Donald Trump will officially become president on January 20. His election has prompted a wide range of reactions, from supporters believing he is a populist leader to opponents fearing his rise to power threatens democracy. For Americans of all political persuasions, the ongoing media coverage of the election results has likely been disorienting to say the least.
While votes cast in the Electoral College determine who is president of the United States based on each state’s level of support for the candidates, there is considerable variation in voting results even within the most conservative and most liberal states.
24/7 Wall St. reviewed voting results in every U.S. county from the most recent presidential election. In Roberts County, Texas, 95.3% of the 550 votes cast were for Trump, the highest percentage of the over 3,000 U.S. counties. By contrast, in the District of Columbia (Washington D.C.), a county equivalent area, just 4.1% of voters cast their ballot for Trump, the smallest share of any county.
Hillary Clinton received 62.4 million votes, well over 1 million more than Trump. In the ongoing process of counting all the votes, this difference has increased, and Clinton may have won the popular vote by more than 2 million votes. However, Trump won a majority of votes in over 80% of counties.
The discrepancy is entirely due to the different population sizes of U.S. counties. Trump’s dominant results at the county level mean that small, low-population areas overwhelmingly voted for Trump. On the other hand, Clinton’s victory in overall votes means that more populous counties, many of which are part of the nation’s largest metropolitan areas, voted for Clinton.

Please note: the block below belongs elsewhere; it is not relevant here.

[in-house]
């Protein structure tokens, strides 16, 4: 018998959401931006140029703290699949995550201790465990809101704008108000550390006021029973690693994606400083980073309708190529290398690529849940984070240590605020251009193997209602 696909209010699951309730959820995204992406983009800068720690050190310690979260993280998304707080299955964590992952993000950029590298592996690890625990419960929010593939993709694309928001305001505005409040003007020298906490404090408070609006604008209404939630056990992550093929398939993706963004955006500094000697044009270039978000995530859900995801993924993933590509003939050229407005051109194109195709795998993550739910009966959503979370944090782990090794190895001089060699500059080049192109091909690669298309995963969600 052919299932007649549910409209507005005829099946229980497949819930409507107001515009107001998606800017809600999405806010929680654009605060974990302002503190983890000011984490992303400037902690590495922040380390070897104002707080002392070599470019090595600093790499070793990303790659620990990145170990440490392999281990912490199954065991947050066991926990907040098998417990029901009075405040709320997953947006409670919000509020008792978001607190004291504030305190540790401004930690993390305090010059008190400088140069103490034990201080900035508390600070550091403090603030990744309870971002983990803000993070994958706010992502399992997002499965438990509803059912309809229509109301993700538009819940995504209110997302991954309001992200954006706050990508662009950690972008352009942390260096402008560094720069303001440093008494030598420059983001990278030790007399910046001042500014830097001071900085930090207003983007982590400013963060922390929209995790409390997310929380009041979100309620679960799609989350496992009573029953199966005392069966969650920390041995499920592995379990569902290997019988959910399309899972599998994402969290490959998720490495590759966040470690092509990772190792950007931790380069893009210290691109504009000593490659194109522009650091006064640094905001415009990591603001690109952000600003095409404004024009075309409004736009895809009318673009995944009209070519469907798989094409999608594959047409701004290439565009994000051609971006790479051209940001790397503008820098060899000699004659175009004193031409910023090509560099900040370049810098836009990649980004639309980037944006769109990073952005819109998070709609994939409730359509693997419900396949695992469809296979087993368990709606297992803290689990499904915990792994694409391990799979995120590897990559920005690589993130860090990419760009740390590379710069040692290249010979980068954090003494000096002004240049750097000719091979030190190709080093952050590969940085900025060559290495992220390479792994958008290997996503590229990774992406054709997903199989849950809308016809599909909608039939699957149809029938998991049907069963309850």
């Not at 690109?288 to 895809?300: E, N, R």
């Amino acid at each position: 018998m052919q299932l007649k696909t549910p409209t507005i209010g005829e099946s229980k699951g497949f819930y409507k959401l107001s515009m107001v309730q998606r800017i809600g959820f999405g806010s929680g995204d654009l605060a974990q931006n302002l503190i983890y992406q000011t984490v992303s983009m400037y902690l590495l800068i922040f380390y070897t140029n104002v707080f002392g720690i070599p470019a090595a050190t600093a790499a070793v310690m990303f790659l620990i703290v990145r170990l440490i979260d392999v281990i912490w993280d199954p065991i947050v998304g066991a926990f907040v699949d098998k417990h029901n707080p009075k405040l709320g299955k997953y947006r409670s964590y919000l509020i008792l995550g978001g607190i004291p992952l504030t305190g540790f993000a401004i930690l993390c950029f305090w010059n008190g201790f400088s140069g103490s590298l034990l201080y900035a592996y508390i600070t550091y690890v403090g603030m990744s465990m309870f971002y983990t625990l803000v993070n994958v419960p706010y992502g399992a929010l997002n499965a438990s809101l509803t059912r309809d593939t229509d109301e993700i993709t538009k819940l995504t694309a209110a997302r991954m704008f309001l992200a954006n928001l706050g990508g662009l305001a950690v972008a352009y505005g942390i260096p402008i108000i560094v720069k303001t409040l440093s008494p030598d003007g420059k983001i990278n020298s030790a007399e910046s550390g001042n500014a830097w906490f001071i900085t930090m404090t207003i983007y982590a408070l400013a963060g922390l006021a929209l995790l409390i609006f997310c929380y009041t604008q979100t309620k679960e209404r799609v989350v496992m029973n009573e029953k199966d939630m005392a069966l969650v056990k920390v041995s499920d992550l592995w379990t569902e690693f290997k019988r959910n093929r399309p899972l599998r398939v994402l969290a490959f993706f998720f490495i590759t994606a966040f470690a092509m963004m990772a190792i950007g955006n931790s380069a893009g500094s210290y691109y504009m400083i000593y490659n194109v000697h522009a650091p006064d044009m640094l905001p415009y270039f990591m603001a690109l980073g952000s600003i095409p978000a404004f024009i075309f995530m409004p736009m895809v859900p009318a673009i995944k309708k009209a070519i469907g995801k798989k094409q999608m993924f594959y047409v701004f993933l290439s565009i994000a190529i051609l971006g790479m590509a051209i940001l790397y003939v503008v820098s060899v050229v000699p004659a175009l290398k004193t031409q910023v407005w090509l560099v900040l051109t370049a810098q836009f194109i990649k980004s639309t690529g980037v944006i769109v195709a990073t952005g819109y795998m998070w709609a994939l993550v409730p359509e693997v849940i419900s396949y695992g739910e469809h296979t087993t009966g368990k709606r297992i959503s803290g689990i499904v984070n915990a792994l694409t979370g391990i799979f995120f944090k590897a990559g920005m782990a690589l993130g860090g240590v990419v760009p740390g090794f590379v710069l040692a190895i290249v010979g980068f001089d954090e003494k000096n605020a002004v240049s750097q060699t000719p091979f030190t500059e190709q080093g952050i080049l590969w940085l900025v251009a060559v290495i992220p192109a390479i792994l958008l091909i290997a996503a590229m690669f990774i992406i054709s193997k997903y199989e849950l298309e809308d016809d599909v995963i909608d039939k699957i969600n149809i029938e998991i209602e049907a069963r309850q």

Various economic and social conditions, and how they have changed over recent decades, help explain Trump’s political success. For example, Trump was especially popular among dissatisfied working-class white men. That high level of dissatisfaction would likely have been significantly lower if not for changes in major U.S. industries, such as the manufacturing sector. Further, some analysts have argued Trump would not have been elected if not for the 2008 financial crisis. In a November 2016 paper, “Going to extremes: Politics after financial crises, 1870-2014,” researchers found that financial recessions are typically followed by surges in protests and support for anti-establishment political parties, especially from the far right.
Mirroring the employment makeup of Trump versus Clinton supporters, one of the most notable differences between the two groups is in educational attainment levels. Of the 2,623 counties that voted for Trump over Clinton, only 184, or 7%, have above-average college attainment rates.
The GOP has long been one of the most racially homogenous political parties in the United States — if not the world. During his campaign, Trump’s speeches were considered by many as supportive of white supremacist agendas. Economic factors likely played a greater role than race-related issues in most voters’ decisions. However, while mostly white counties that went for Trump were disproportionately low-income areas, mostly black, low-income areas tended to support Clinton. All but seven of the 50 counties with state-leading Trump support have larger shares of white residents than most other counties in their respective states.
To determine the most pro-Trump county in each state, 24/7 Wall St. reviewed voting results from the 2016 presidential election aggregated by the political news publication Politico. The most pro-Trump county in each state is the one with the largest share of votes cast for the president-elect. Demographic data, such as the shares of whites and African Americans, and college attainment rates, in each county, came from the U.S. Census Bureau’s 2015 American Community Survey and are five-year averages. The percentage of each county’s population living in rural areas came from the U.S. Census Bureau’s 2010 decennial census.
These are the counties in every state that voted most heavily for Trump.
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